Overall, this project aims to improve longstanding issues around ABG testing for staff, and more broadly, the healthcare system. Patients are at the centre of this project, with the overarching goal being to improve the patient experience and patient outcomes.


Implementation actions are as follows.

  • Update outdated protocols to reflect what current practices around ABG testing should look like.
  • Develop a clinical pathway regarding ABG testing based on patient acuity for all ICU staff.
  • Put signage in the ICU that covers awareness and provides updates on project progress, targets, success and so forth.
  • Run education sessions and workshops at the start of rotations between junior medical officers and nursing staff, to cover the ‘when where and why’ of ABG testing.
  • Daily discussions to take place, led by consultants on the benefit of ABG tests being performed in past 24 hours.
  • Consultant-led evening ward rounds to take place regarding ABG tests orders for the following day, based on patient level . For example, acuity +/- if a patient requires 1:1 nursing, 2:1 nursing or is cleared for the ward.
  • To create an agreement between consultants, nurse unit managers, clinical nurse unit managers, nurse educators regarding a non-punitive response to errors.
  • Re-program the ABG machine to include the specific clinical reason for ABG testing. This may include deterioration, dialysis, electrolyte disturbance, sepsis and so forth.


Implemented – The project has been implemented and is currently undergoing continual review to determine the level that has been sustained in standard business.


June 2018 to July 2019

Implementation site

This project has been implemented within the Intensive Care Unit at Nepean Hospital (NBMLHD)


Centre for Healthcare Redesign and the Agency for Clinical Innovation Intensive Care NSW Clinical Best Practice Group


  • Post intervention surveys will be conducted to re-examine what the current indications for ABG are, which highlight the effectiveness of interventions around education, protocols and so forth.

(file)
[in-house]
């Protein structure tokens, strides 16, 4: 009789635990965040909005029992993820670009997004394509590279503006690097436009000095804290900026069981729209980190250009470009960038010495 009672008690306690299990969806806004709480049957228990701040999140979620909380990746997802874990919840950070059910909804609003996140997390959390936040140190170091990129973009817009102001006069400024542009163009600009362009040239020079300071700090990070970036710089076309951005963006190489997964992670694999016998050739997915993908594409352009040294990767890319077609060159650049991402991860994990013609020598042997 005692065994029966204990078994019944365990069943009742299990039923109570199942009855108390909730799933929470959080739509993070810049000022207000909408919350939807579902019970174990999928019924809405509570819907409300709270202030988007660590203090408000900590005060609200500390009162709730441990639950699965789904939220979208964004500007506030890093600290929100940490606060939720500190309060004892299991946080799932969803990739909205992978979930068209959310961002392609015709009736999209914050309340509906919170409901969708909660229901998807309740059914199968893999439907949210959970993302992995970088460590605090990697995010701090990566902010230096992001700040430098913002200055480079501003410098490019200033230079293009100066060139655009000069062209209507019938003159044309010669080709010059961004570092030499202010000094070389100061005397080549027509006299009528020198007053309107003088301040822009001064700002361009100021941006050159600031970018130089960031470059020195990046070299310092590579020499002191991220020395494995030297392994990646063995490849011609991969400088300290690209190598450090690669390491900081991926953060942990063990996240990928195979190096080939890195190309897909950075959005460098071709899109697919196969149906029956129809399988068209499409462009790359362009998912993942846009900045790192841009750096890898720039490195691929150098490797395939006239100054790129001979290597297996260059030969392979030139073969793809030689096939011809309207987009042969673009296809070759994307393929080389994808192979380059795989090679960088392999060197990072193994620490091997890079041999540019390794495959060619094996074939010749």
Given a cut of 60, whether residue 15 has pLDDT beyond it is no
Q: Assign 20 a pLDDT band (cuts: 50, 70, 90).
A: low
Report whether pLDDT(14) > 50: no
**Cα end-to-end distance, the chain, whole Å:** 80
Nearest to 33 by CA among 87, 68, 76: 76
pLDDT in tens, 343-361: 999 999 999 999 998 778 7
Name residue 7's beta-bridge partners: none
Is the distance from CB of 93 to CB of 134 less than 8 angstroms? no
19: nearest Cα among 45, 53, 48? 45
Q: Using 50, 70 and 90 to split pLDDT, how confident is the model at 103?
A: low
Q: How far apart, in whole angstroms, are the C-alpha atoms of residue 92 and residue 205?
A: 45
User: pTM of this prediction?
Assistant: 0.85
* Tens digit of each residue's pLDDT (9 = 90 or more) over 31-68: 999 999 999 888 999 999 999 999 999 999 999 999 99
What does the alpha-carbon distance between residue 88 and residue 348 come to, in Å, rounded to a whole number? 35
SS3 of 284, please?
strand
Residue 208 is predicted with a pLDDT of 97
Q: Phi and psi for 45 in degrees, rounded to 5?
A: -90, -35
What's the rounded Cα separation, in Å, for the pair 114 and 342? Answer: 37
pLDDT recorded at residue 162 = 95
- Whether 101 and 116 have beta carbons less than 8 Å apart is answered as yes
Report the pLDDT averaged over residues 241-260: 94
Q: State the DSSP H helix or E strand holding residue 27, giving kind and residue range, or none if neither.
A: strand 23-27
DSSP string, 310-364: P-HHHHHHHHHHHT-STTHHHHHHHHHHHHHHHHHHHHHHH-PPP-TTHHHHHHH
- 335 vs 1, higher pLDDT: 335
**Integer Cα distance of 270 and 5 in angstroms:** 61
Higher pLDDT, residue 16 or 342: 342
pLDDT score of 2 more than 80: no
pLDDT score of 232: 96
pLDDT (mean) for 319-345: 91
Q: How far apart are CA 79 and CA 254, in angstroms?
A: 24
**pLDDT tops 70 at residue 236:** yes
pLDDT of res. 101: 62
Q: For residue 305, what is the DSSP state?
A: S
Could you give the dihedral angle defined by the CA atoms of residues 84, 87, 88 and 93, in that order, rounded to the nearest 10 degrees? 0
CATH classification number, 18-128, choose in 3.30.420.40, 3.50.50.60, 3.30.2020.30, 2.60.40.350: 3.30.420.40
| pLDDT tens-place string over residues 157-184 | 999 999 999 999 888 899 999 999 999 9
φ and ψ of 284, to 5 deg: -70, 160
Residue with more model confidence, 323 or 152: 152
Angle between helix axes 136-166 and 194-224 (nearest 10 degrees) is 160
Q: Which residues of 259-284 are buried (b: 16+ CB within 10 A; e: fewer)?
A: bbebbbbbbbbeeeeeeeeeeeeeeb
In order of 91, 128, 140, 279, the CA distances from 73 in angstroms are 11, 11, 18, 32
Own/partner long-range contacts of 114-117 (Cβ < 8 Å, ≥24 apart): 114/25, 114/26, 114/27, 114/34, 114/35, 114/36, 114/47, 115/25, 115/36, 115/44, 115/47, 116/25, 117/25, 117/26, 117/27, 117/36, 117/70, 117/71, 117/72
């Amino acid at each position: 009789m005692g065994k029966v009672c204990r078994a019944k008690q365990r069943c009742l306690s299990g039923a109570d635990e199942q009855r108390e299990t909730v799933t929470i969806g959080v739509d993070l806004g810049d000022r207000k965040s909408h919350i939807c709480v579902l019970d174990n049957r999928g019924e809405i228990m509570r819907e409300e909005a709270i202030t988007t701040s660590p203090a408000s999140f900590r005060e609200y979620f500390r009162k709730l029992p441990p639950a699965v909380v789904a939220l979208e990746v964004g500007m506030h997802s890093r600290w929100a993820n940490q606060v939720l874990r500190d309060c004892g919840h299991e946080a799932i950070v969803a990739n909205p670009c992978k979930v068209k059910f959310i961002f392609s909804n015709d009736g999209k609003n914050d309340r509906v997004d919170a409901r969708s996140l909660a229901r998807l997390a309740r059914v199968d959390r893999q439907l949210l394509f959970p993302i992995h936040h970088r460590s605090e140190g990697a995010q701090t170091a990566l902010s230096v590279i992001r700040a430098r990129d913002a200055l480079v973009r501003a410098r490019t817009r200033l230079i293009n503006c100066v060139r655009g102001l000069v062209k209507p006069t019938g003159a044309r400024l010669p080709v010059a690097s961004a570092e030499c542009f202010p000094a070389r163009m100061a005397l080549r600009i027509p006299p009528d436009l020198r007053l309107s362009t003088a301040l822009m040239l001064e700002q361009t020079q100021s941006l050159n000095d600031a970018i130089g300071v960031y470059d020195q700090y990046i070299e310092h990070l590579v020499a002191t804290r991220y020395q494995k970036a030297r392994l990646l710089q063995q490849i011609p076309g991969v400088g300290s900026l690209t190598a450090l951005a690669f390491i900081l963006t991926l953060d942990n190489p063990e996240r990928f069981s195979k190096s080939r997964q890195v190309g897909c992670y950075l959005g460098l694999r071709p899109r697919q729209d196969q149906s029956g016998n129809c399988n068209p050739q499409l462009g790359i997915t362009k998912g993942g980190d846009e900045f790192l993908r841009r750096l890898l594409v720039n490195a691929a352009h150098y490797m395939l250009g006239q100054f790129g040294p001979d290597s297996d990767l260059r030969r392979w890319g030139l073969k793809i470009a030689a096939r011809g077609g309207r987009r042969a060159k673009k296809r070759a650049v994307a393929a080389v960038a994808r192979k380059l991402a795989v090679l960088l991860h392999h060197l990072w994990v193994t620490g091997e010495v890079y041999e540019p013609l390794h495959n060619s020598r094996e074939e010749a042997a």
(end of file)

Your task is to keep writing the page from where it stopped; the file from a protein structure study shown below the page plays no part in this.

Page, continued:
• Audit progress notes will determine if afternoon wards rounds are confirming if ABG tests are to be performed for the following day.
  • Survey junior staff to determine their understanding of ABG tests and when to perform them.
  • Run a monthly review of the total number of ABG tests performed within the unit. This will be compared to the same time in the previous year, prior to any intervention. This data will inform the current key performance indicator of a 20% reduction in total ABG tests performed.

Lessons learnt

  • Quality improvement projects do work!
  • Regardless of how small a project may seem, if a change makes things better for the patient, the staff and the system then it is worth doing!
  • AIM is a useful method that can be applied to small projects.
  • When deciding to explore the benefit of change within a specific area, having the whole team on board from the beginning makes the change more straightforward and sustainable.


  1. NPS MedicineWise. Choose wisely.
  2. Rao GG, Crook M, Tillyer ML. Pathology tests: is the time for demand management ripe at last? J Clin Pathol 2003;56:243-8.
  3. Wong ET, Lincoln TL. Ready, fire! aim! an enquiry into laboratory test ordering. JAMA 1983;250:2510-3.
  4. Peterson SE, Rodin AE. Prudent laboratory usage, cost containment and high quality medical care. Hum Pathol 1987;18:105-8.
  5. Zhi M, Ding EL, Theisen-Toupal J, Whelan J, Arnaout R. The landscape of inappropriate laboratory testing: a 15-year meta-analysis.


Georgina Learmonth
ICU registrar
Nepean Blue Mountains LHD
Phone: 02 4734 4953

Kendall Prendergast
Registered Nurse
Nepean Blue Mountains LHD
Phone: 02 4734 4953